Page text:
Steam keys are free to generate, they technically cost you nothing. There will always be a few chancers, but that will be mostly from people emailing *you* claiming to be from some random youtube channel or steam curator - if you really want them to have a key, find their real email from their channel instead of the email you got claiming to be from them. If their channel lists no email, move on.

A fun thing I've seen become more common is having the email title start with:

"[Key Included] for super awesome game"
(that always gets my attention)

Or if you're really adverse to including it:

"[Key Available] for super duper cool game"
(but then make sure all they have to do is reply, and send over the key)

Even some of the biggest games out there are often emailing direct with a key, or offering a key via a simple reply to the email. If you're not making it that simple, you'll be skipped over for who does.

7) Steam Curators

Steam Curators DO NOT NEED a Steam key. You send a copy to their Steam Curator directly on Steam, no keys are ever involved. There's absolutely no downside to offering up a copy to Steam Curators, because all they can do is accept the game where it goes into their library or deny it.

If they claim to be a Steam Curator and want a key, that's an instant one for you to add to your blocklist.

8) GamesPress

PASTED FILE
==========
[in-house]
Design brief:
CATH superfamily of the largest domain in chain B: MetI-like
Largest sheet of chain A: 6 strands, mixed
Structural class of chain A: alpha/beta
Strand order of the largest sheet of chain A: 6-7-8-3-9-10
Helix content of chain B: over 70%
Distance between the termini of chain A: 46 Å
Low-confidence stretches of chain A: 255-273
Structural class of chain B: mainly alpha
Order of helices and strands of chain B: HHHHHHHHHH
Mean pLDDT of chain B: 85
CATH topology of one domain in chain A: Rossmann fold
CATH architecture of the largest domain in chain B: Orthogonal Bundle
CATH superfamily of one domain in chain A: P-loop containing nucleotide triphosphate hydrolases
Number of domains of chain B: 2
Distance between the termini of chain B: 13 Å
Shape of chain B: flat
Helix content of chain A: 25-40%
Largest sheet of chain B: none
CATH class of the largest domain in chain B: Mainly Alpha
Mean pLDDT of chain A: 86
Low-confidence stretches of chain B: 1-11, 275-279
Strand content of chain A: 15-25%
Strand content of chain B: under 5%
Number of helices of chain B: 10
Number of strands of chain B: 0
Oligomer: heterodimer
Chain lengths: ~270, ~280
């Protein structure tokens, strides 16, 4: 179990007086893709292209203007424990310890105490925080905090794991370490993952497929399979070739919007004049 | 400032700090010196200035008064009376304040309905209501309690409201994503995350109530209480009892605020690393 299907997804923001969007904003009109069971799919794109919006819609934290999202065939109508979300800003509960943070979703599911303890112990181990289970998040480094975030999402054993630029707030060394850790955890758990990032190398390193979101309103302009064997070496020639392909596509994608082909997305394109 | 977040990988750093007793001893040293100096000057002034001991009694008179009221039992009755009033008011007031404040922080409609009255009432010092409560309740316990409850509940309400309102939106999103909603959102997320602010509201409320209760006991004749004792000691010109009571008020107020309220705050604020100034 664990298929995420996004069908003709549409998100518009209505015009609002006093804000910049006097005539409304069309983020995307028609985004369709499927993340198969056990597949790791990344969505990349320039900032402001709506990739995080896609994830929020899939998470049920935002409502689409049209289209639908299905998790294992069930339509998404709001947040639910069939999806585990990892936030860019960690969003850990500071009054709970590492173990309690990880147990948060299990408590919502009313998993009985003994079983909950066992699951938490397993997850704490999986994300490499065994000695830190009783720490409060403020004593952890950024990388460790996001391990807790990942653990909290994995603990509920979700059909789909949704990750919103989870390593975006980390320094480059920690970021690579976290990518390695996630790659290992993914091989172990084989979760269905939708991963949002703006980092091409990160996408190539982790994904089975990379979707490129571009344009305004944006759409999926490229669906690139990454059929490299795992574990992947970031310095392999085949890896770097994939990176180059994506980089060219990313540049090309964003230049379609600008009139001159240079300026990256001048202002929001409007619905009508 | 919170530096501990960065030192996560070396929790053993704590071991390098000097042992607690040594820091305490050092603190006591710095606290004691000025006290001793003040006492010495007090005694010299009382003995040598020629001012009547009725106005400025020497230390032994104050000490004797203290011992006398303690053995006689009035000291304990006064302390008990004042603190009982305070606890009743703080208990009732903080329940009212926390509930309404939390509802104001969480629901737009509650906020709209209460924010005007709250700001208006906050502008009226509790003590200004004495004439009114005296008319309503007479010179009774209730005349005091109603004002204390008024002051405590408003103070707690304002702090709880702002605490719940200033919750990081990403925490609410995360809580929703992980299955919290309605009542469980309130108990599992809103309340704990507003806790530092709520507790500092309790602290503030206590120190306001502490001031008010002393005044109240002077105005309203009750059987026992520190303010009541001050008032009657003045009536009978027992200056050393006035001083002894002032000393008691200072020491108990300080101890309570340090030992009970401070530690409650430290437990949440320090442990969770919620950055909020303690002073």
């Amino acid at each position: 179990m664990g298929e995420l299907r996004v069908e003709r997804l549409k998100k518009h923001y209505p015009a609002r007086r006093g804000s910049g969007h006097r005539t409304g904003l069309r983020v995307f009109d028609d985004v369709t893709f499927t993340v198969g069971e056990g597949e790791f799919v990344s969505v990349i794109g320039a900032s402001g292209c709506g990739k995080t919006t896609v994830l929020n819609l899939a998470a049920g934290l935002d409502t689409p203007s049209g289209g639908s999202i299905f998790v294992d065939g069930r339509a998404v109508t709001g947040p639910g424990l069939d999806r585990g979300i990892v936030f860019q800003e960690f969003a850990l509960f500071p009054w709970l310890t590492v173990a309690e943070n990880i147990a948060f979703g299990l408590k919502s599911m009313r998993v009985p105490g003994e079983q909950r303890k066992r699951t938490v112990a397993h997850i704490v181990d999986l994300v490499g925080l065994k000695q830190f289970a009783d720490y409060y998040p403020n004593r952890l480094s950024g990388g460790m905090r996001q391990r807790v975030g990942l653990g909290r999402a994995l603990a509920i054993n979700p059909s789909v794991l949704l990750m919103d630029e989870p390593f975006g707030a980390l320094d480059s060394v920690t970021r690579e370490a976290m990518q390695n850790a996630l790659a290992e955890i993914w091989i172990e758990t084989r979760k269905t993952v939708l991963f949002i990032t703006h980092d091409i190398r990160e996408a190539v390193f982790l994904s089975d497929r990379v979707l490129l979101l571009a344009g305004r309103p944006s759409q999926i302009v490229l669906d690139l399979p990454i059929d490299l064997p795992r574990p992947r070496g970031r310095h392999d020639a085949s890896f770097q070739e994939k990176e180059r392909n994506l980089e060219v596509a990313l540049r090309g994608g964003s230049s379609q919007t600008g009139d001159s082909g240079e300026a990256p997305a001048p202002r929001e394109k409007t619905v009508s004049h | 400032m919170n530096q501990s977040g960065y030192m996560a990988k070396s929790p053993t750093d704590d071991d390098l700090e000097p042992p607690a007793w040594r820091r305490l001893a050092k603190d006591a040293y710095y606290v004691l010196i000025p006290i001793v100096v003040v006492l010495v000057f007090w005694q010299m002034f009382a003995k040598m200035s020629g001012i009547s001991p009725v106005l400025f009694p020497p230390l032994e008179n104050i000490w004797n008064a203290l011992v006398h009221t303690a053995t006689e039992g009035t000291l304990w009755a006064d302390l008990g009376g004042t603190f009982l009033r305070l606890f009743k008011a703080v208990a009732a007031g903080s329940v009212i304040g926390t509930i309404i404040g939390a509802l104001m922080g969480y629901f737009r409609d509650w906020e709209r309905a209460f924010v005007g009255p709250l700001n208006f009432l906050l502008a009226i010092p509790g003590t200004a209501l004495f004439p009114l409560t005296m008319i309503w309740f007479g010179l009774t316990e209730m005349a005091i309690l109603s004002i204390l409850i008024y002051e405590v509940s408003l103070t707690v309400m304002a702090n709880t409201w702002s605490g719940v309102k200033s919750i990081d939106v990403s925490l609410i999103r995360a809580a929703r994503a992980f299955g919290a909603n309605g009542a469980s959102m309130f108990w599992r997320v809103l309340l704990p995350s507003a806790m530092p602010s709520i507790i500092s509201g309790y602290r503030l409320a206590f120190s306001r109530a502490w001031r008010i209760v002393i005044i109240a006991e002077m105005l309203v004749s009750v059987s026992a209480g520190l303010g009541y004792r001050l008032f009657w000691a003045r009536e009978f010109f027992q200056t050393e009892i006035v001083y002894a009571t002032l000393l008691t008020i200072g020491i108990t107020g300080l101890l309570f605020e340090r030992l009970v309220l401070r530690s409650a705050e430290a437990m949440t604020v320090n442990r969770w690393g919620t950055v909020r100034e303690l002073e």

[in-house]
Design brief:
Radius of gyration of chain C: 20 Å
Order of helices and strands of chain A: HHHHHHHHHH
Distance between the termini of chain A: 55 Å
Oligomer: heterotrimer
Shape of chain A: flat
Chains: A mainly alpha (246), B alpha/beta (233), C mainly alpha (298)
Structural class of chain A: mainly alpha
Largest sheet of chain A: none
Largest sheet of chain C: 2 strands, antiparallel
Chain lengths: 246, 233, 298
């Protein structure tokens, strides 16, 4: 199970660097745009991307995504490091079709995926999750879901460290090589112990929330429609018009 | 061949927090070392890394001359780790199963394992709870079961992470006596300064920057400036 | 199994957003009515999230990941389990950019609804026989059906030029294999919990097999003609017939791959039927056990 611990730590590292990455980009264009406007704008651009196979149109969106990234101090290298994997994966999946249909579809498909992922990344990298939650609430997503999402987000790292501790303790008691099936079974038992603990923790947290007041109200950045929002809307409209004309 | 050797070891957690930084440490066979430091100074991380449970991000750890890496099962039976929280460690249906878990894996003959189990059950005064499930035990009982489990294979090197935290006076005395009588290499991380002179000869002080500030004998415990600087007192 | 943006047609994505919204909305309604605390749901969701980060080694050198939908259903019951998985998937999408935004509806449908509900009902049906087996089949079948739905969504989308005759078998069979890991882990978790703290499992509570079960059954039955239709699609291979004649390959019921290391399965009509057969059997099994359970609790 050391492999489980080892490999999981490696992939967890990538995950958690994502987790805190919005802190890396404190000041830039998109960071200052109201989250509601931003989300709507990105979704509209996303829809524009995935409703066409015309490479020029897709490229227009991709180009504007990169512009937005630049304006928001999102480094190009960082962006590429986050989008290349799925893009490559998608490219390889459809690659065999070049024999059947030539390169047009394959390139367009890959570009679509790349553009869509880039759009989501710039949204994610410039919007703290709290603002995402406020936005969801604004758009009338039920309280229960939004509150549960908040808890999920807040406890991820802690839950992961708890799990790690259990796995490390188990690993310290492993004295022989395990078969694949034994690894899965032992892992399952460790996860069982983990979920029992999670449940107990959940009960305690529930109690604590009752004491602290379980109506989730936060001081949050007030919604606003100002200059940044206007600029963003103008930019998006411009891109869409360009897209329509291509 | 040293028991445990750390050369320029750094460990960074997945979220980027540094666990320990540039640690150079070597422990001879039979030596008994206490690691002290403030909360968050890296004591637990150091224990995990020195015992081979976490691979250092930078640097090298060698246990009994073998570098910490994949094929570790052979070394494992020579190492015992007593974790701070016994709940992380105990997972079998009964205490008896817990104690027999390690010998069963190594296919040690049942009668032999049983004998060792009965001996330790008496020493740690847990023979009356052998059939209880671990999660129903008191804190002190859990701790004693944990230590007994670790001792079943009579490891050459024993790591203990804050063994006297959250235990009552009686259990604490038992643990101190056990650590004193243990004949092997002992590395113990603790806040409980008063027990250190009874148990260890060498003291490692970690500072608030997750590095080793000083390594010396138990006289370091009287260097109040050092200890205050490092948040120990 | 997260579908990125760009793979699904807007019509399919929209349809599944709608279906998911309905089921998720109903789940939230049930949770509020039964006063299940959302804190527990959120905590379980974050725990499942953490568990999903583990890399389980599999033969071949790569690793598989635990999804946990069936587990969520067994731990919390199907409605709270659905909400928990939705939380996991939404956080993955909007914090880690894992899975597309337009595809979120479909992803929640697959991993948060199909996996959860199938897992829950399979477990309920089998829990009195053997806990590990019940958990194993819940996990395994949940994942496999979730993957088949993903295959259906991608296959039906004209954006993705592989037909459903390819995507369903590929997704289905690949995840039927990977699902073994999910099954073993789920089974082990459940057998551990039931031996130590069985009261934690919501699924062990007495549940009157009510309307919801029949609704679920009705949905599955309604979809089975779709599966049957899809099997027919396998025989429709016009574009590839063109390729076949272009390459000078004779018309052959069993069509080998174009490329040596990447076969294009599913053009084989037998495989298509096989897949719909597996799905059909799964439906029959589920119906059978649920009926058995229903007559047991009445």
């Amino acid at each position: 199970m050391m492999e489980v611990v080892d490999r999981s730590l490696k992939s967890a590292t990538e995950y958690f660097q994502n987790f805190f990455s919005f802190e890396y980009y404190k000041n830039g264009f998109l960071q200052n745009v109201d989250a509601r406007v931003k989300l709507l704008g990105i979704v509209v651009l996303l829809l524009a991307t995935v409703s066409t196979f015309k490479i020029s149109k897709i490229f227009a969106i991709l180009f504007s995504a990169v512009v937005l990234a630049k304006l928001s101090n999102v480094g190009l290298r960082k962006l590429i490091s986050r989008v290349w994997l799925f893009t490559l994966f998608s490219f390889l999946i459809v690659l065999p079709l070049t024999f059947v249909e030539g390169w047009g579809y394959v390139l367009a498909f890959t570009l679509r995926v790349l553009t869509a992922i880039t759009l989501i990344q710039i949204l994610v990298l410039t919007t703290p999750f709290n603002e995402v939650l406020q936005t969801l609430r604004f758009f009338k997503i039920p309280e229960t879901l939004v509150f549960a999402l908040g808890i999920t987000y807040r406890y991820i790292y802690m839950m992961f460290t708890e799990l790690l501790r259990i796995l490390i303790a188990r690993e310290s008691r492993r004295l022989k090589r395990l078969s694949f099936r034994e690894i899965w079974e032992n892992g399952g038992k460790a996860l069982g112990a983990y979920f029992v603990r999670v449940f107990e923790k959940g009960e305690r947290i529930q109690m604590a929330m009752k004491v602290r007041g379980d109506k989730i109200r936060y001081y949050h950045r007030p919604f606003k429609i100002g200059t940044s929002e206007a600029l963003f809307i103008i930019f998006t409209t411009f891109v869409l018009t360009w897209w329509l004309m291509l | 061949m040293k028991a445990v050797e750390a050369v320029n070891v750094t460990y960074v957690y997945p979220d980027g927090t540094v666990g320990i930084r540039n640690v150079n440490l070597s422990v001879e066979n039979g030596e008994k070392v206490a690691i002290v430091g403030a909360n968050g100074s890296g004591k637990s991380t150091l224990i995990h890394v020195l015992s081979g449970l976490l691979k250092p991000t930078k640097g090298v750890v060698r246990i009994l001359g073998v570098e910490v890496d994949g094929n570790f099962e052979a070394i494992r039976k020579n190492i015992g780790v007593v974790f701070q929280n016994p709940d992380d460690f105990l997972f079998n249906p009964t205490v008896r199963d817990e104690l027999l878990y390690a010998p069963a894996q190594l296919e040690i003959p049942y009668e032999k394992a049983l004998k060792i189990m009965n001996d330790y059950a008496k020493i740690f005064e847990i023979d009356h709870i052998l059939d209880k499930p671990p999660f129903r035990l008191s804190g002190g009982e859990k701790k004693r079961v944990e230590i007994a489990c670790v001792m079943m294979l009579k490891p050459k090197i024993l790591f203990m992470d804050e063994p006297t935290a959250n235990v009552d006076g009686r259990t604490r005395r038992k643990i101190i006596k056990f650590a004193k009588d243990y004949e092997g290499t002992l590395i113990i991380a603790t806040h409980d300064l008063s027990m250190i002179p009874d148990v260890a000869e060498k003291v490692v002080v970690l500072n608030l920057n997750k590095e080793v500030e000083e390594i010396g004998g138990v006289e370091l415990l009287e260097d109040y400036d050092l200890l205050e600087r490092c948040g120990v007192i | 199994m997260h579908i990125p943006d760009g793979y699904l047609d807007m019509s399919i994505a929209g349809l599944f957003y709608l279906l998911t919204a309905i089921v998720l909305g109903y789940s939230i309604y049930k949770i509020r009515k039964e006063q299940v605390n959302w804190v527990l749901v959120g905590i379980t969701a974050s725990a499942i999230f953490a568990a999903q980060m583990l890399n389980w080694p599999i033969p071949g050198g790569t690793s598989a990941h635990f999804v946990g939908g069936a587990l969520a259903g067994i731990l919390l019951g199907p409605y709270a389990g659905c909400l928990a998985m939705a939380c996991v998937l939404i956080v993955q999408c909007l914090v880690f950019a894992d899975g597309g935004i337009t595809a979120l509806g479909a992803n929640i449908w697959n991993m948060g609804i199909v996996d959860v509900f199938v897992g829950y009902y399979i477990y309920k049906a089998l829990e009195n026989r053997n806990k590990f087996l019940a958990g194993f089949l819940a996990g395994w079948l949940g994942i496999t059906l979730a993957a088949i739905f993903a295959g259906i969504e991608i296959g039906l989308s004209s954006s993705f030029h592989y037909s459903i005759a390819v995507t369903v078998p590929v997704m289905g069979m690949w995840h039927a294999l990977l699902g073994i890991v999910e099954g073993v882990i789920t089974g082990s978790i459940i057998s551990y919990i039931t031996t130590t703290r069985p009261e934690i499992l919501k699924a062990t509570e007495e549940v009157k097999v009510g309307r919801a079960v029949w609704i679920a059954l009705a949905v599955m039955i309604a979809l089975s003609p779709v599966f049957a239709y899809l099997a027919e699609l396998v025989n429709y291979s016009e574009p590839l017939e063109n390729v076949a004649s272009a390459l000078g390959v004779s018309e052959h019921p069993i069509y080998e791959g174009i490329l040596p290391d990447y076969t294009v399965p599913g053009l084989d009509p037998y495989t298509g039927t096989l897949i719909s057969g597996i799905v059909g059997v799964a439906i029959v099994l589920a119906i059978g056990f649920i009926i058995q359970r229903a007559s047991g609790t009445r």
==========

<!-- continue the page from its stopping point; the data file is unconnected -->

I'm a fan of https://www.gamespress.com/, they make it quite easy for us to find news about everything. Give it a try.

9) Discord changelogs

For the love of my sanity, please stop using Discord as your only place to post your updates. Discord is a closed platform, and not indexed by search engines. Put them on your Store page, it's literally what it's for.

Not just for press, but for your players too. If you're not posting them on Steam, people will think you're not doing anything.


I'll keep adding to this when I think of important stuff. Feel free to share to developers. I might turn this into an article eventually.

Last edited by Liam Dawe on 13 June 2024 at 3:36 pm UTC
This will certainly be helpful to someone Liam!

Point 9: Thank you for someone else finally pointing it out. This has been a pet peeve of mine ever since it started!

To re-iterate what Liam said:
Stop using discord as your change log / update notification service.

damarrin Jun 13
Excellent write up, thank you so much.

Discord is great for some stuff, but absolutely atrocious for others. I have no idea why it’s become so prevalent.

Also in pt 2 maybe make it clear that you mean a store page on Steam in the title? Steam does appear halfway through the point, but for a moment there I thought you meant a website with a buy option.

Last edited by damarrin on 13 June 2024 at 3:35 pm UTC
based Jun 13
9. 9 9 9 9 Just... PLEASE!
Or at least use Steam' news & community hub feature

Last edited by based on 13 June 2024 at 4:06 pm UTC
CatKiller Jun 13
Quoting: damarrinDiscord is great for some stuff, but absolutely atrocious for others. I have no idea why it’s become so prevalent.
"We need to build a community of prospective players while we're developing our game."
"So we'll have a Discord."
"Discord is where our community is, so that's where we'll put all the information."

Having a Discord where devs can communicate with players is nice; it's making the mistake of only communicating with players through Discord that's the issue.
Pengling Jun 14
Quoting: Liam DaweIf there's one thing I really hate, it's a zip download of a presskit. That's another step of friction to just getting the info we want and need. Get it online properly. Your info can and does change before release, downloads go out of date, your own presskit online will not.